Updated: Feb 14, 2020
by Chris Palmquist
As we prepare for our 2019 racing seasons, it is important to determine the key workouts that will help us to peak on our important race days. Key workouts are the challenging training sessions that spur an athlete to break through a plateau. These are the difference-makers in the training year. When designed well, key workouts can help an athlete reach peak fitness. (When designed poorly, key workouts can cause over-training, injury and result in a poor result.)
Here are some guidelines for determining your 2019 key workouts.
Step 1: Choose your 2019 races. Pick 1-2 races that are your highest priorities or “A” races. You will design your training to support these races and you will plan to arrive at the starting line fully tapered to peak.
Step 3: Assess your past races and identify weaknesses as well as strengths in your skills, power, endurance, equipment and/or speed. Where can you make the most difference in your upcoming races? Do you need to be able to hold race effort longer? Do you need to work on hills? Do you need to increase your 10km run pace? Do you need swim technique work?
Don’t forget where you excel. You will want to support and maintain your best athletic qualities. These strengths are what you probably love about the sport and racing, so it can be very depressing to let these go. Do not lose your strengths. Your assessment will guide the next step as you design your key workouts.
Step 4: Determine 1-3 key workouts for your sport or for each part of a triathlon. These are the workouts that will be supportive of your strengths or will help you to improve your weaknesses. Examples include distance sessions that will ensure that you can go your race distance (longest rides, runs, swims). Other key workouts might target speed (mile run repeats, CSS swim sets, time trial bike intervals). These are the sessions that will stretch you physically and mentally – encouraging you to develop new physical fitness and mental confidence before race day.
Step 5: Plan the progression of training that will lead to successful key workouts. How long will it take to build up to these sessions? How many times do you need to perform these sessions? What intermediate workouts will allow you to build up to the key workouts without injury?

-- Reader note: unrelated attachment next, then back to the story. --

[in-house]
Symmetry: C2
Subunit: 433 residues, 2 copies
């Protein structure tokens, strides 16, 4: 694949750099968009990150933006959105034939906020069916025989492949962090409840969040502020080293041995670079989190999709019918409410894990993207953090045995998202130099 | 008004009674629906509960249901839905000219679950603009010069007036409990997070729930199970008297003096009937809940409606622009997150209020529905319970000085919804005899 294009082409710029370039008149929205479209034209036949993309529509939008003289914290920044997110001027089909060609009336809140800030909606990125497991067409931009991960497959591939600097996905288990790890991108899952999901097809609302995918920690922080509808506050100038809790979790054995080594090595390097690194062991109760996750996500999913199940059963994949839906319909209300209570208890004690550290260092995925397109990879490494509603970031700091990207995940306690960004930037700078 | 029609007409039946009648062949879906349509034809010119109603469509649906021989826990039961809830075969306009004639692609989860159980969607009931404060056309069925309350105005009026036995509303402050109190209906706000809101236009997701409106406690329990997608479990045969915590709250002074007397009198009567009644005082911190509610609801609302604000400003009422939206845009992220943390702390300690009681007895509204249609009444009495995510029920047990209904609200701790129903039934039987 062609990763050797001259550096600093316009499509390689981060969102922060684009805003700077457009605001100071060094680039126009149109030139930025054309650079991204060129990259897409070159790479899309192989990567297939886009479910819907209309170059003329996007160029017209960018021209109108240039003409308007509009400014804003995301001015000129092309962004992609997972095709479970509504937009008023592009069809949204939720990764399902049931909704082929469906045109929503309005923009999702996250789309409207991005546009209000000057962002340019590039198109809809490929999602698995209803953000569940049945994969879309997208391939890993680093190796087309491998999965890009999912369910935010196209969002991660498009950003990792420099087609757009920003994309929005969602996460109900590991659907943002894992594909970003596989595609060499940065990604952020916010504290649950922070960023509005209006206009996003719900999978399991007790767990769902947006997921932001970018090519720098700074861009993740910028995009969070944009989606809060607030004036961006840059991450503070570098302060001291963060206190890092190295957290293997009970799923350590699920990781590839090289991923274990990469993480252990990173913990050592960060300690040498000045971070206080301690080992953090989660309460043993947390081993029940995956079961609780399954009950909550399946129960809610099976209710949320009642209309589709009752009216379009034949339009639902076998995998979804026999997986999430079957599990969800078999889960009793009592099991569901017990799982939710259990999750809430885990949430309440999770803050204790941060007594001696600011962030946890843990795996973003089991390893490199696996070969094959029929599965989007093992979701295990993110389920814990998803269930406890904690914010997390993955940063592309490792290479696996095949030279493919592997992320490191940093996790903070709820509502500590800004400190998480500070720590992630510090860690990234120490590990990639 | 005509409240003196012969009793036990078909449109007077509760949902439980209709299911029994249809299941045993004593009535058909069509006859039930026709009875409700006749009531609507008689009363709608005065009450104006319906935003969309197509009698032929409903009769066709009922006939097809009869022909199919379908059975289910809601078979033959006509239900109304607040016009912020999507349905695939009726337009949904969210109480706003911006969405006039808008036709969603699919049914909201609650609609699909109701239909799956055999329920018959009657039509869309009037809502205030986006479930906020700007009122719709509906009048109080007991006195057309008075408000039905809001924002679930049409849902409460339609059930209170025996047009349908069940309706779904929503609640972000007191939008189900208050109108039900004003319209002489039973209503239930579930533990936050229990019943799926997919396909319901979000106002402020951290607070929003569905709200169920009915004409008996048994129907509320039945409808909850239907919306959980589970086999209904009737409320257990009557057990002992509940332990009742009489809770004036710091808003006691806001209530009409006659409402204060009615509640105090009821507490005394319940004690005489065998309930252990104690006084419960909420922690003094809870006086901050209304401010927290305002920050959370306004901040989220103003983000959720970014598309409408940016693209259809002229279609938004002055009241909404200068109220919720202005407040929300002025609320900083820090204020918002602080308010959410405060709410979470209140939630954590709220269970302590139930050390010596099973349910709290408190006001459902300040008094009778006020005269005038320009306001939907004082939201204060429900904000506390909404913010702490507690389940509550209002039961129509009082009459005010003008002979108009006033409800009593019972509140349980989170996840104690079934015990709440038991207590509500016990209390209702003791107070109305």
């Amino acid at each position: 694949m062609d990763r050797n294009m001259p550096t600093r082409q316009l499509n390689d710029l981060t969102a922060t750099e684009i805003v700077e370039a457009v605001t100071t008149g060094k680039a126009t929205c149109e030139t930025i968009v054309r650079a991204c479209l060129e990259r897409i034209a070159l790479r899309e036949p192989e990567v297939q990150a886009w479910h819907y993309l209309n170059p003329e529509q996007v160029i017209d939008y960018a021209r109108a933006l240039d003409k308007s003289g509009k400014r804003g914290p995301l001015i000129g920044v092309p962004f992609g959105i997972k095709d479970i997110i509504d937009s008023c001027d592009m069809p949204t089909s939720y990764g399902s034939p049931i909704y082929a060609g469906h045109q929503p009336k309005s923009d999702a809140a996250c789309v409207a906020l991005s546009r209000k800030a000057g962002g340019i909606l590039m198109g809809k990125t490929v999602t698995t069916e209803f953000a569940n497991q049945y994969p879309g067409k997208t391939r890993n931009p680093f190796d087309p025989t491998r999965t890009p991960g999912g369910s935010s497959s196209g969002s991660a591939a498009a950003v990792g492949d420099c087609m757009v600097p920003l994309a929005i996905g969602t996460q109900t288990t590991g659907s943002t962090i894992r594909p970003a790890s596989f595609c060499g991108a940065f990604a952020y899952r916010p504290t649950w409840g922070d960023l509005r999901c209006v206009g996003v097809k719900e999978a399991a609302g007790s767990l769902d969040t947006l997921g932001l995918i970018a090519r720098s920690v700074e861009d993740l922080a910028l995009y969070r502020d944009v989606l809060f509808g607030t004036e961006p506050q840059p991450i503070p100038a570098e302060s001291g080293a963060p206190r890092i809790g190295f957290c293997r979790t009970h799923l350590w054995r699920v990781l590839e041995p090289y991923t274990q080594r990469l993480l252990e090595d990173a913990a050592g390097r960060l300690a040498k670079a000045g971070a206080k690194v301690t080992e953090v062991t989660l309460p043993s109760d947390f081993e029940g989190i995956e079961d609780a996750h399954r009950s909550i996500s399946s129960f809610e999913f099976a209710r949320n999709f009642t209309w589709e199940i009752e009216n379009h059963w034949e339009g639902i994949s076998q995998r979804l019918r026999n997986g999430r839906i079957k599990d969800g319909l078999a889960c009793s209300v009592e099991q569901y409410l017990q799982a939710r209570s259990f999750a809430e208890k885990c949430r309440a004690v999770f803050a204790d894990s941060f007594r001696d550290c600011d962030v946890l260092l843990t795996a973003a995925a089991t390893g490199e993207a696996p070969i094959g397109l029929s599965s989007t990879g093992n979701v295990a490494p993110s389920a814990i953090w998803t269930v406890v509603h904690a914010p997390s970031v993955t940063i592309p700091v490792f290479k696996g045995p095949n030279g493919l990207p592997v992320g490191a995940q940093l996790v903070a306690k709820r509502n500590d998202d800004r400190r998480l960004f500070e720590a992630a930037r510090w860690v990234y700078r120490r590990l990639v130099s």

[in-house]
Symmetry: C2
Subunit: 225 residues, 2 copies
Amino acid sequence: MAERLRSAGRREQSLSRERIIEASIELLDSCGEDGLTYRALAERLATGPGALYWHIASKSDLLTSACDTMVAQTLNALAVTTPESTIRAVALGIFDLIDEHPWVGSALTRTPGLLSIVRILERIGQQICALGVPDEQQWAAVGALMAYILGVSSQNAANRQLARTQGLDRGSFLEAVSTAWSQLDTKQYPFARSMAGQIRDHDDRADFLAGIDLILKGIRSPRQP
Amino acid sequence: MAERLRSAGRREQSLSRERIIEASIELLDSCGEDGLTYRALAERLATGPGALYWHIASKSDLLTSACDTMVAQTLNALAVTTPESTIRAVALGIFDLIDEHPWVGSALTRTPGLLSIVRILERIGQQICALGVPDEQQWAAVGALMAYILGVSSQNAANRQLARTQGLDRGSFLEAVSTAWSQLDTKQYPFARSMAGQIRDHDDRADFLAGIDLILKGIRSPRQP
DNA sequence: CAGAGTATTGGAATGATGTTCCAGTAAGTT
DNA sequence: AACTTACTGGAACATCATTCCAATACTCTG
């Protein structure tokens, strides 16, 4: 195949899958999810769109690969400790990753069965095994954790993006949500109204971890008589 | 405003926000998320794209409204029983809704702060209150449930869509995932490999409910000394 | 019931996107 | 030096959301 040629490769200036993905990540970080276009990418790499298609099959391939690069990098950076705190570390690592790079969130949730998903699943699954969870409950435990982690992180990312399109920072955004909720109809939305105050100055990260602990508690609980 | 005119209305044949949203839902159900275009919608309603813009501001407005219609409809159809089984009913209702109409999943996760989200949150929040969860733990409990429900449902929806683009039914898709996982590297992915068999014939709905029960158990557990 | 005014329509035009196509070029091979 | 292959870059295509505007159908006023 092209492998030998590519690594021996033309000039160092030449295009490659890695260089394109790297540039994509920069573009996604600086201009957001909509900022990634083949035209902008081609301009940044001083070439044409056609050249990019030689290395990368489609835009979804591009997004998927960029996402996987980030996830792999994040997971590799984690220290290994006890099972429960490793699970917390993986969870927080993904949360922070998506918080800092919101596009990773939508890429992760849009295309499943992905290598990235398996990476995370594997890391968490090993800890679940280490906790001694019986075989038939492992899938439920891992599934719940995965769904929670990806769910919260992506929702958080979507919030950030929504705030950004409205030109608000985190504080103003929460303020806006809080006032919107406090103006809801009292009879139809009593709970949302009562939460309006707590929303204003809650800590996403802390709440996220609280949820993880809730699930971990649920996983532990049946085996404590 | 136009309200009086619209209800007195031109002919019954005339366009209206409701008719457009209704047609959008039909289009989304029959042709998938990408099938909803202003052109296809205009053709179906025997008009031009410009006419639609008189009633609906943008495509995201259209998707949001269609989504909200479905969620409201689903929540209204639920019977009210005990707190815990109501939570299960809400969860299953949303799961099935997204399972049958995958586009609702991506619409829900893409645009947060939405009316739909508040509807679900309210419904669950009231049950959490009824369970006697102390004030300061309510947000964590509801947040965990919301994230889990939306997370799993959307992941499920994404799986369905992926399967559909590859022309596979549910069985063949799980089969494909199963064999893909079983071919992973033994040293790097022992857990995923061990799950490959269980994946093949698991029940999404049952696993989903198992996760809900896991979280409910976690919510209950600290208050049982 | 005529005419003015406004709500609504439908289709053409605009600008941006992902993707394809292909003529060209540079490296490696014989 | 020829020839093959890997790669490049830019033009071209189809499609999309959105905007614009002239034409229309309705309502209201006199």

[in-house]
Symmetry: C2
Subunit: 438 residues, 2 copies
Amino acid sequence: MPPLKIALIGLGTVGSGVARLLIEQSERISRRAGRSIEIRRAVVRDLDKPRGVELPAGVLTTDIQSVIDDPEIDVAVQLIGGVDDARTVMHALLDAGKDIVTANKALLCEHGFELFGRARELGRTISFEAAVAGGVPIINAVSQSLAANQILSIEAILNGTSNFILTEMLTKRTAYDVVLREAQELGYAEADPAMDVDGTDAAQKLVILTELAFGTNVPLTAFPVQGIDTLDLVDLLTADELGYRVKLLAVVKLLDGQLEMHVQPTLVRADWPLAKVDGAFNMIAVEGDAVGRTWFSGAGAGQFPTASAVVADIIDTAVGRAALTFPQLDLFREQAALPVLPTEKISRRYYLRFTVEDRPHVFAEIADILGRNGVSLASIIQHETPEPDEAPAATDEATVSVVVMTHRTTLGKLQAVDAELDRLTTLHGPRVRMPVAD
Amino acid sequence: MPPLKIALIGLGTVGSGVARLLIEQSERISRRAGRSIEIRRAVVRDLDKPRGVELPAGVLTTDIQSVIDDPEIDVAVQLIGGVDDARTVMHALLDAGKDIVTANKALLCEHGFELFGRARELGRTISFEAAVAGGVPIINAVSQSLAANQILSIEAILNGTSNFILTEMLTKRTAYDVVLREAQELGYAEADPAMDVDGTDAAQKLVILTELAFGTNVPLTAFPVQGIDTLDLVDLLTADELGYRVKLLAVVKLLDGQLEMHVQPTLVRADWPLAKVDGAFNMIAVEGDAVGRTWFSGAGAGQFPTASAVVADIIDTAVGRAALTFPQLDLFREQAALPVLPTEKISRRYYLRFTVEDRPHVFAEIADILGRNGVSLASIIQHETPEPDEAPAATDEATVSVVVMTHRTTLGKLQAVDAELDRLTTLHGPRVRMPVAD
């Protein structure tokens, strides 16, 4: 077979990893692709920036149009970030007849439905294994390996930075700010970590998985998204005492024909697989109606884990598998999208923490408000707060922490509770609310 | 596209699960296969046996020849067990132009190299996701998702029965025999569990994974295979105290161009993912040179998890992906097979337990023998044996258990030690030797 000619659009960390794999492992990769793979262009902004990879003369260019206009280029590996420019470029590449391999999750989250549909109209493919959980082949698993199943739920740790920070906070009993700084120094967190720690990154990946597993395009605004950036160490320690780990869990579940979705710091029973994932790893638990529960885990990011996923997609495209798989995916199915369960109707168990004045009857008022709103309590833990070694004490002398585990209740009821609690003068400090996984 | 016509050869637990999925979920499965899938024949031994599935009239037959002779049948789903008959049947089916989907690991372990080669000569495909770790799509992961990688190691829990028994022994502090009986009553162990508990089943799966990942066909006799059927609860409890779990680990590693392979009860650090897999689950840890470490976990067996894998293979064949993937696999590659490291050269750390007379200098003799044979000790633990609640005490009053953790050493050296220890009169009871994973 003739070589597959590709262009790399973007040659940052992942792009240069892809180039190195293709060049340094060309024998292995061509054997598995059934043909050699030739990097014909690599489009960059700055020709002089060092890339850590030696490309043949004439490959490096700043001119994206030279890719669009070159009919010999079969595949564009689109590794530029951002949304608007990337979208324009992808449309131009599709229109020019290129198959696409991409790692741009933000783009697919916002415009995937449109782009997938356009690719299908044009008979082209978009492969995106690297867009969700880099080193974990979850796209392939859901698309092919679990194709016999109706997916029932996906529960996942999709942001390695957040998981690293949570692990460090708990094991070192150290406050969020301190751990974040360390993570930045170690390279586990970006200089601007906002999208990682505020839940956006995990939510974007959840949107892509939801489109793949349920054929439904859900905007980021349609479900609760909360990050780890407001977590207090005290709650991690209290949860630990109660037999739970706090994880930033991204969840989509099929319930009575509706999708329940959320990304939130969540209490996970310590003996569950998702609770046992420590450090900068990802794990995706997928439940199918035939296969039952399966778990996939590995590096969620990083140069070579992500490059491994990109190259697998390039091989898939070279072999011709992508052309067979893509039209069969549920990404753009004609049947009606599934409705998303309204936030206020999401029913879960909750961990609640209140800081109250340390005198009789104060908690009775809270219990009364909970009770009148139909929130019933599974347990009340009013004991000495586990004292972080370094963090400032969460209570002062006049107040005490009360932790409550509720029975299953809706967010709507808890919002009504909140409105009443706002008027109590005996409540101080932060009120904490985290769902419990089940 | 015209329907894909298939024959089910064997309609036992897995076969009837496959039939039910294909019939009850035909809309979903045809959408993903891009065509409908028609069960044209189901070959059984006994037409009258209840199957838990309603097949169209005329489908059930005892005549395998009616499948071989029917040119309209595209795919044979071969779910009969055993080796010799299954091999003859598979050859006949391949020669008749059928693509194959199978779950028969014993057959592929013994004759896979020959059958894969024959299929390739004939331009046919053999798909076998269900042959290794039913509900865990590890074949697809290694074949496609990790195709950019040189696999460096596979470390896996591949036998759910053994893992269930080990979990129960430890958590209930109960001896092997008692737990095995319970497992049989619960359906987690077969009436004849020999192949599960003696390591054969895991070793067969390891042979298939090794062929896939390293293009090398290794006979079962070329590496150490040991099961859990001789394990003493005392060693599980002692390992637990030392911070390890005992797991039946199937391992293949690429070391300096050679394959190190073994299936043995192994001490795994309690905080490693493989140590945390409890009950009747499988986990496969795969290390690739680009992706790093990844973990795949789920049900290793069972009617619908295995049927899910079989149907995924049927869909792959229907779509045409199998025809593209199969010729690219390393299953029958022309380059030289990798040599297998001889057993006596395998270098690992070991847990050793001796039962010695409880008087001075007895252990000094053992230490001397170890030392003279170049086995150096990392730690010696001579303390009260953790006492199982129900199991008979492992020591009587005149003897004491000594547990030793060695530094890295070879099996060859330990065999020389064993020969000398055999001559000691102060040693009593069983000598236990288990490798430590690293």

In many cases, it is not necessary to perform the toughest key workouts more than once or twice. Be cautious – it may be tempting to repeat the toughest of your training sessions just to remain confident in your ability to perform on race day. But by repeating, you may be risking over-training, burnout or injury.
For example: the athlete that completed 1-2 century rides might be better prepared to race a long course triathlon than her competitor that rode 8 century rides and now is fatigued, unmotivated, at-odds with his spouse and lacking running training due to too many repetitions of a key workout. The athlete that did an extremely hard track session every week might have an over-use injury, while the athlete who completed 3 well-timed running speed sessions may adapt by building the needed speed and recover well enough to stay healthy.
Key workouts cause a jump in fitness. Key workouts are unique to the athlete. Different athletes should use different types and quantities of key workouts as they prepare for their most important contests. Sometimes, key workouts cause the desired adaptation after just one session.
If you have questions about designing your own training plan of key workouts and progressions, you can always contact any Team MPI coach for consultations or coaching. In addition, I will be presenting on this topic in depth at the January 26th Team MPI Retreat in Chicago, IL. The retreat is open to coaches and athletes. For more information, see www.teammpi.com.